1975 – Academy Award and Tony Award winning actor Fredric March died from prostate cancer at the age of 77.
Regarded as “one of Hollywood’s most celebrated, versatile stars of the 1930s and ’40s,” he won the Academy Award for Best Actor for Dr. Jekyll and Mr. Hyde and The Best Years of Our Lives.
He was also a multiple winner of the Tony Award for Best Actor in a Play for Years Ago( and Long Day’s Journey Into Night.
His list of other credits include starring in the original A Star Is Born, Desperate Hours, Inherit The Wind, Death of A Salesman, and Seven Days In May.
1980 – At the 52nd Academy Awards, Kramer vs Kramer won Best Picture, Best Director (Robert Benton), Best Actor (Dustin Hoffman), and Best Supporting Actress (Meryl Streep).
Sally Field won Best Actress for Norma Rae, while Melvyn Douglas (Being There) won Best Supporting Actor.
1994 – In a U.S. friendly fire incident during Operation Provide Comfort in northern Iraq, two United States Air Force F-15 Eagle fighters mistakenly shot down two United States Army helicopters, killing 26 people.
Both helicopters were fitted with external, 230-US-gallon fuel tanks on mounted beside each side door with each tank emblazoned with large American flags. In addition to the flags on the fuel tanks, each helicopter was marked with American flags on each side door, on the nose, and on the belly.
The F-15 pilots fired on and destroyed both helicopters, killing all 26 military and civilians aboard, including personnel from the United States, United Kingdom, France, Turkey, and the Kurdish community.
As a result of an investigation several USAF officers received administrative discipline but only one was tried by military court-martial, in which he was acquitted.
1995 – Academy Award winning actor Burl Ives died of cancer at the age of 85.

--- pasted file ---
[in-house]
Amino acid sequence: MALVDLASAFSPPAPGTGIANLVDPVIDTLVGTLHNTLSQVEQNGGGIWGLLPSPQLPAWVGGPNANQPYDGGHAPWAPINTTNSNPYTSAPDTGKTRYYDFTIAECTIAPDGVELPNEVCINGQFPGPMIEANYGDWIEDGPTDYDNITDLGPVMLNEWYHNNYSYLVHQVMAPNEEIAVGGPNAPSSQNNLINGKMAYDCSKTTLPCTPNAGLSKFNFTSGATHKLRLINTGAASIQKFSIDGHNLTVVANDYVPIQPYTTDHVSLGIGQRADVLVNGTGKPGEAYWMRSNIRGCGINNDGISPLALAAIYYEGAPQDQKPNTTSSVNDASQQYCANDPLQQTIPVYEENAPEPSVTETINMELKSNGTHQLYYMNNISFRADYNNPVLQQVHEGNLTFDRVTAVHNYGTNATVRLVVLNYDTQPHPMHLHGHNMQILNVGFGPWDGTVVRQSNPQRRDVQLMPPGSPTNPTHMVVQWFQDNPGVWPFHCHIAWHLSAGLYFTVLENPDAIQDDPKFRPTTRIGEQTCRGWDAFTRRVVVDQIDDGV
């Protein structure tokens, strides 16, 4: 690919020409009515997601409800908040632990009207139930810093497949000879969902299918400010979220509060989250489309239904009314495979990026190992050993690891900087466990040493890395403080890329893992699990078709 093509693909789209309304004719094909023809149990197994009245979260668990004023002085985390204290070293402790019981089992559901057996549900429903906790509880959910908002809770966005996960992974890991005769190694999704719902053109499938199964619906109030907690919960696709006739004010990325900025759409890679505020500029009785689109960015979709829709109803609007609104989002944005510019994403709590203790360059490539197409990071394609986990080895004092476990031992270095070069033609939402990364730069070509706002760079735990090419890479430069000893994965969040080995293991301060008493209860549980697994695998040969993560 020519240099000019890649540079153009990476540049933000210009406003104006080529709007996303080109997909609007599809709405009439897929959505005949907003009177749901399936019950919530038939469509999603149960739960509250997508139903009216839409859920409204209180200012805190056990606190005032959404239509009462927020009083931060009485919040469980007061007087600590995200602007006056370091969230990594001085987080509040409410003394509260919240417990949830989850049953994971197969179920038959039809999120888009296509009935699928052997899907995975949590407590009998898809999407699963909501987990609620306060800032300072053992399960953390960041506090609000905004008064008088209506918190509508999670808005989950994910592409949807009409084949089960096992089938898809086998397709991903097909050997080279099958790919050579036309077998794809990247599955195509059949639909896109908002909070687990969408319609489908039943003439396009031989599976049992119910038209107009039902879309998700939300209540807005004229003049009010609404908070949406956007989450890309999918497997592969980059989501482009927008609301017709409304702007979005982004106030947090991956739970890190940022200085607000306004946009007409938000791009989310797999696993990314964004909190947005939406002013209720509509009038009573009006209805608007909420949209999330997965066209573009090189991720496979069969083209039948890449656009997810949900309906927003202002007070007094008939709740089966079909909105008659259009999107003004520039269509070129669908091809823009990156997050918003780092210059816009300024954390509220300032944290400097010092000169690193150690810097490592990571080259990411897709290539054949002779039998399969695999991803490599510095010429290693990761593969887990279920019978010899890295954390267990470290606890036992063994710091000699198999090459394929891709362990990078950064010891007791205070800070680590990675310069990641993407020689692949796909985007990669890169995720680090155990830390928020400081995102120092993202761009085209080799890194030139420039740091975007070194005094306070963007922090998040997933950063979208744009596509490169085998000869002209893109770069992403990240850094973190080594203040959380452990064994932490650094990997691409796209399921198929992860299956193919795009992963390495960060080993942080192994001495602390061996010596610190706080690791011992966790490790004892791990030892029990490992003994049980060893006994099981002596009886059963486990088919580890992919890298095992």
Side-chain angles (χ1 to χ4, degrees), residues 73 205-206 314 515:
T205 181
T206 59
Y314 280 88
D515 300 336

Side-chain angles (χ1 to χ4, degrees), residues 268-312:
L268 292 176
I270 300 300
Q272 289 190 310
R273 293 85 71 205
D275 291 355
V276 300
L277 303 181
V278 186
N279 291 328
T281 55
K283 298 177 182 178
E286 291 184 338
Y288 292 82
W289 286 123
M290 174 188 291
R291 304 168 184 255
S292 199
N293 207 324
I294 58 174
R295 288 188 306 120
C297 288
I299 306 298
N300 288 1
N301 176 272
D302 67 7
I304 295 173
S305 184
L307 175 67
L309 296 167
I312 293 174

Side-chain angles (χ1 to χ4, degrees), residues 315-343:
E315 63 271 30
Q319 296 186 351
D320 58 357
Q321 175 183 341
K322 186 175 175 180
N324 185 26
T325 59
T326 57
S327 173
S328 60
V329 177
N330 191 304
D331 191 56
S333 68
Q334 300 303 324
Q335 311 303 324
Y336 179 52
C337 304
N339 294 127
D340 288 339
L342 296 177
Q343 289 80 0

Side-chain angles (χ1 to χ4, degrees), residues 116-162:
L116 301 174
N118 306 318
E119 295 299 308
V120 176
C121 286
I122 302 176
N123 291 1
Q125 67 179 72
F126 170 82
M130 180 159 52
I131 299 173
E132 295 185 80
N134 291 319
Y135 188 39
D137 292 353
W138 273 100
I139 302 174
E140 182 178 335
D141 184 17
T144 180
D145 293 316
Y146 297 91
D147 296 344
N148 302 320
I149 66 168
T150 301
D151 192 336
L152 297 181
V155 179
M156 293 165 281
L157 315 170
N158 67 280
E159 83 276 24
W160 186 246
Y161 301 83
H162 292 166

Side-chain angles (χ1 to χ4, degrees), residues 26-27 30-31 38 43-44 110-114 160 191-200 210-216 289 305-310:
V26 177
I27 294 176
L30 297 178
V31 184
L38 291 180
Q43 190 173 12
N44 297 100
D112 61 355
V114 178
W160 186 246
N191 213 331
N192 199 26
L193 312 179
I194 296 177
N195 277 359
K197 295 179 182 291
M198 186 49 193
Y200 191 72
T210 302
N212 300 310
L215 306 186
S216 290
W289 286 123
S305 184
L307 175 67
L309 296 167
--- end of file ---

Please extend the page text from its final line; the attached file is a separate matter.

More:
A popular film actor through the late 1940s and ’50s, Ives’s best-known film roles included parts in So Dear to My Heart and Cat on a Hot Tin Roof, as well as his role as Rufus Hannassey in The Big Country, for which he won an Academy Award for Best Supporting Actor.
As a folk and country singer, he recorded hits such as A Little Bitty Tear and Funny Way of Laughin’, but children of all ages will remember him for A Holly Jolly Christmas, which he sang in his role as Sam the Snowman, narrator of the classic 1964 Christmas television special Rudolph the Red-Nosed Reindeer.
1999 – Actress Ellen Corby died at the age of 87 after several years of declining health.
She had bit parts in more than 30 films in the 1930s and 1940s, including It’s A Wonderful Life , but in 1948, her career took off when she received an Academy Award nomination and a Golden Globe for Best Supporting Actress for her stunning performance in I Remember Mama.
Her best-known role came as Grandma Esther Walton on the made-for-TV film The Homecoming: A Christmas Story, which served as the pilot for The Waltons. She continued her role as Grandma for nine seasons.
2012 – Actor Jonathan Frid, best known for playing the role of vampire Barnabas Collins on the gothic television soap opera Dark Shadows, died from complications after a fall. He was 87.
He accepted his career defining role after being told it was a short-term one that would provide him with extra cash while he prepared to move to Los Angeles to pursue a career as an acting teacher.
The “short-term” role lasted six seasons.
2015 – Singer Percy Sledge, best known for his #1 song When A Man Loves A Woman, died of liver cancer at the age of 73.
Sledge was a generous man and in one case, it cost him a fortune.
Although he had long had the melody to his hit song in his head, he had no lyrics. When bassist Cameron Lewis and organist Andrew Wright put together the words for him, Sledge gave all of the songwriting and publishing credits to them.
Sledge was inducted into the Rock & Roll Hall of Fame in 2005.
Compiled by Ray Lemire ©2019 RayLemire.com / Streamingoldies.com. All Rights Reserved.